Wider impacts / potential wider impacts of the proposals

7.9 Respondents who were not in favour of the consultation proposals enumerated a range of wider impacts (i.e. wider than the impacts on pest control, animal welfare and conservation identified earlier in this report) which they thought rural communities would be subject to if a more stringent approach to hunting with dogs was introduced. These covered:

  • Economic impacts: The loss of jobs in rural areas (including of vets, farriers, grooms, apprentices, hospitality services, trainers, etc.) and the increase in administration costs for businesses
  • Social impacts: The loss of a social structure and way of life which brings people together and provides social occasions and opportunities to meet
  • Mental health impacts: The loss of the social structure around hunts which would increase loneliness and isolation and have an adverse impact on mental health.

7.10 One countryside management organisation noted that the 'future intent on the part of both EU and UK administrations to incentivise land management through the payment for maintenance or improvement of environmental and species outcomes may be hampered by disincentives created by limiting predator control'.

The role of public opinion

7.11 Those respondents who wanted the Scottish Government to go further in strengthening the laws against hunting with dogs often highlighted recent survey findings which indicated that public opinion was strongly opposed to hunting with dogs. These respondents argued that this justified the 'direction of travel' of the Scottish Government's thinking on this issue and provided confirmation that a strengthening of the current position was desirable.

7.12 By contrast, those who were not in favour of the Scottish Government proposals sometimes made explicit statements to the effect that reliance on public opinion did not represent 'an evidence-based approach' to decision making. Furthermore, some respondents in this group argued that people who lived in urban areas 'did not understand' or 'were ignorant about' the realities of rural life. There were strong views expressed that the current consultation was 'an attack' on the values of those living in rural areas, and that decisions about hunting with dogs were best left to those who lived in the countryside and understood the complexities and realities of rural life.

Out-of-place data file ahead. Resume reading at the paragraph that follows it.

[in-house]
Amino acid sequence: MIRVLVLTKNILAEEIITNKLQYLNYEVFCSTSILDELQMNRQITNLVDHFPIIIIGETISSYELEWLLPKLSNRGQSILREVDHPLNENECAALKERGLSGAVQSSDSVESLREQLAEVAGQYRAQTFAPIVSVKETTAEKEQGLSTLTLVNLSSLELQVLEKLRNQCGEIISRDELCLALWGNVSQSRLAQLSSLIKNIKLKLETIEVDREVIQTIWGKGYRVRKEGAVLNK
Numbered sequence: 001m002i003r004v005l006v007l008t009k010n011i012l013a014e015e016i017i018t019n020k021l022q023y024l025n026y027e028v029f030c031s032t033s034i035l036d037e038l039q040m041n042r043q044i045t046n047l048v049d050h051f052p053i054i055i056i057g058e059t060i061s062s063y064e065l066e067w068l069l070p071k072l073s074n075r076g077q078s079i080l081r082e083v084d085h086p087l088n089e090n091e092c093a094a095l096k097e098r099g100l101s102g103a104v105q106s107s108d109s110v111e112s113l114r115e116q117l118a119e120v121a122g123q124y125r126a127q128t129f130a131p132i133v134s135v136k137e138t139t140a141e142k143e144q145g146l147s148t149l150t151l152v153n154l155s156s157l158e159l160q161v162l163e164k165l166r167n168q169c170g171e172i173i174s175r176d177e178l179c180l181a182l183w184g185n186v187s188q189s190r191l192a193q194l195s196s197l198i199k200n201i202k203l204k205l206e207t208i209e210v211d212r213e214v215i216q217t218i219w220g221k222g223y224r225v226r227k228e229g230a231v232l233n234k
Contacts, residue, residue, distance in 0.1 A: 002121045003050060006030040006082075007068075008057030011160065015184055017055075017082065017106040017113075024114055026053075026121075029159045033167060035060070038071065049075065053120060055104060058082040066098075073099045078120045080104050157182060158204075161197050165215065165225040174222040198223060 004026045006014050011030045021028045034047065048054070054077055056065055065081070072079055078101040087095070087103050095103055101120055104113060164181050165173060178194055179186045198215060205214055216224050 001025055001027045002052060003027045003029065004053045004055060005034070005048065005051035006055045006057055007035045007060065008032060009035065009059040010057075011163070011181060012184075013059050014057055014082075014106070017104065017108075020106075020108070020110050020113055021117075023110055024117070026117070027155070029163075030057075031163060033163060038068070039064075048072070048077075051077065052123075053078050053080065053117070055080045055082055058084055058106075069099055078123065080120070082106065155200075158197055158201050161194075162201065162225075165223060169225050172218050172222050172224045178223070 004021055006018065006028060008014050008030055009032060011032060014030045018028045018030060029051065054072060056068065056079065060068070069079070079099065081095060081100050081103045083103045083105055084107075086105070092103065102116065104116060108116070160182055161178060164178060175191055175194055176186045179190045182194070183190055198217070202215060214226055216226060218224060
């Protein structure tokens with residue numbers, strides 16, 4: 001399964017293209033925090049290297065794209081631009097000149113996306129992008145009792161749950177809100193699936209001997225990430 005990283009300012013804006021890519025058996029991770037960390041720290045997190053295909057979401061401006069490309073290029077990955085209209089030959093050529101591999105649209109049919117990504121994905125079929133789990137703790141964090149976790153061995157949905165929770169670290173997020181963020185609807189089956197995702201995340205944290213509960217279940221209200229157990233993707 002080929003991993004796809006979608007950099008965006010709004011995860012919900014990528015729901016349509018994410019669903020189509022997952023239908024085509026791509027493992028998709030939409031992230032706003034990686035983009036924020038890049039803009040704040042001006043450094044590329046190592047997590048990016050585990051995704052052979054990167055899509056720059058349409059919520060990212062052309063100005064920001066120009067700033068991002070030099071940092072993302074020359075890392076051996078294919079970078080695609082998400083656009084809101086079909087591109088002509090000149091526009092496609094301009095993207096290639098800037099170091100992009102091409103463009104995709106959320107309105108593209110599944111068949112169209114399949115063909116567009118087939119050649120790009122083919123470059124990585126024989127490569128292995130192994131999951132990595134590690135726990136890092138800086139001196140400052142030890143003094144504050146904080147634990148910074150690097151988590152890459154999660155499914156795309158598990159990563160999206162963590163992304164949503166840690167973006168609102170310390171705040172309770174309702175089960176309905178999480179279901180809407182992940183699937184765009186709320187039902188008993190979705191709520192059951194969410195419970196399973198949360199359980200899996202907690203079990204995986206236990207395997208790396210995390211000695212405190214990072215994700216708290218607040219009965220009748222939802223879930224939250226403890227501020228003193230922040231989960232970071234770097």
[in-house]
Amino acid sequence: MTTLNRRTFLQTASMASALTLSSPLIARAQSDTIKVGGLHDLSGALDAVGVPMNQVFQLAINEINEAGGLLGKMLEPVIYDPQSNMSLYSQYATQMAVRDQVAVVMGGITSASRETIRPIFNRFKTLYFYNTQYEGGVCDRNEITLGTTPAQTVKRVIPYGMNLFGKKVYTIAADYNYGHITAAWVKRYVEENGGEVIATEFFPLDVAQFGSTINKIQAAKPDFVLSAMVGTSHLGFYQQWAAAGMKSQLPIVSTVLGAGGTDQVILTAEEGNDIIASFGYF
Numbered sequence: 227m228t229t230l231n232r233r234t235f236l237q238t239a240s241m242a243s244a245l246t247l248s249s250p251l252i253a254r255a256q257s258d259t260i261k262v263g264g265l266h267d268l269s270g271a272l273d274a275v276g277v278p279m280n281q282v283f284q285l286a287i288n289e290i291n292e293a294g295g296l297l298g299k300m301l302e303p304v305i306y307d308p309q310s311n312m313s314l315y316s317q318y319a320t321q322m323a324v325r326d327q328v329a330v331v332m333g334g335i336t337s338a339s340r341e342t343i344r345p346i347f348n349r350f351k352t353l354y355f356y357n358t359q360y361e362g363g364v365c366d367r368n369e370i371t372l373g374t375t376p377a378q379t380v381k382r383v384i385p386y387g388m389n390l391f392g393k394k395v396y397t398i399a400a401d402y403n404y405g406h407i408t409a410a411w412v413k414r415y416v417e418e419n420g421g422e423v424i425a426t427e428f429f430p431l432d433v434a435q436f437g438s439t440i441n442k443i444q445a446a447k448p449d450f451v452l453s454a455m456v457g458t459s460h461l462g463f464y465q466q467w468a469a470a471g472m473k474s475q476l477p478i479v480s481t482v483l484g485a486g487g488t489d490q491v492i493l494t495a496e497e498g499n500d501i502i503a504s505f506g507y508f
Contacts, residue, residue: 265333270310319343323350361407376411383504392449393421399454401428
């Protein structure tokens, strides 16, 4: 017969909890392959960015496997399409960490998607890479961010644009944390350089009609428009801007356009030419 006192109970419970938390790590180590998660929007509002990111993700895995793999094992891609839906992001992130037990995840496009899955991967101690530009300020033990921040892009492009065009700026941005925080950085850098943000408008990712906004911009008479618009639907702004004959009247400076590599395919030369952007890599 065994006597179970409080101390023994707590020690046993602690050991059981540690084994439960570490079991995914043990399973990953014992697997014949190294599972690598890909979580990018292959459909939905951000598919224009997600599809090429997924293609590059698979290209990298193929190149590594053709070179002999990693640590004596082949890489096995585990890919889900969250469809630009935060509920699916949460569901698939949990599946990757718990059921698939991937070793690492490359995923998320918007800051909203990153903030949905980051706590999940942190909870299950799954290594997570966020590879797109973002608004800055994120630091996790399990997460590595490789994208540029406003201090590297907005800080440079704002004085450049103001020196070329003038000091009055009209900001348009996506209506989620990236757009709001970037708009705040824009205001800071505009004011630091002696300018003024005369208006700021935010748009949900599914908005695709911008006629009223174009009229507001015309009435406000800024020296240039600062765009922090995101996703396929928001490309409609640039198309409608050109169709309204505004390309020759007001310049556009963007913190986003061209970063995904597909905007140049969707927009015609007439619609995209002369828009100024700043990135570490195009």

Current / future legislation

7.13 A range of specific (technical) points – additional to those already discussed earlier in this report – were made both about the current legislation and about the requirements in relation to any future legislation. Specifically:

  • Any current or future legislation should be clear in relation to the use of the guns for shooting foxes, including how close the guns should be in relation to the pack. (This point was made by an animal welfare organisation.)
  • Consideration should be given to the value of introducing a concept of 'vicarious liability' into the legislation – this would allow for the prosecution of landowners who have permitted a hunt to take place on their land if someone involved in that hunt commits an offence.
  • It is important to examine the rights and case law supporting Article 8 of the ECHR, (the right to respect for one's private and family life and home), Protocol 1 Article 1, (the right to the peaceful enjoyment of one's possessions), and Article 11, (the right to assembly and association). These appear to be in potential conflict with the proposals, and will likely lead to legal challenge.
  • There should be a re-consideration of the proposal that 'the onus of establishing that an activity falls within one of the exceptions detailed in the 2002 Act should lie upon the person accused of an offence'. It was suggested that, as it stands, this appears to propose a change to the burden of proof in criminal cases.
  • Given that, internationally, there is a generally accepted presumption against retrospective prosecutions, there should be a re-consideration of the proposal that 'the time limit for bringing prosecutions under the 2002 Act should be extended'.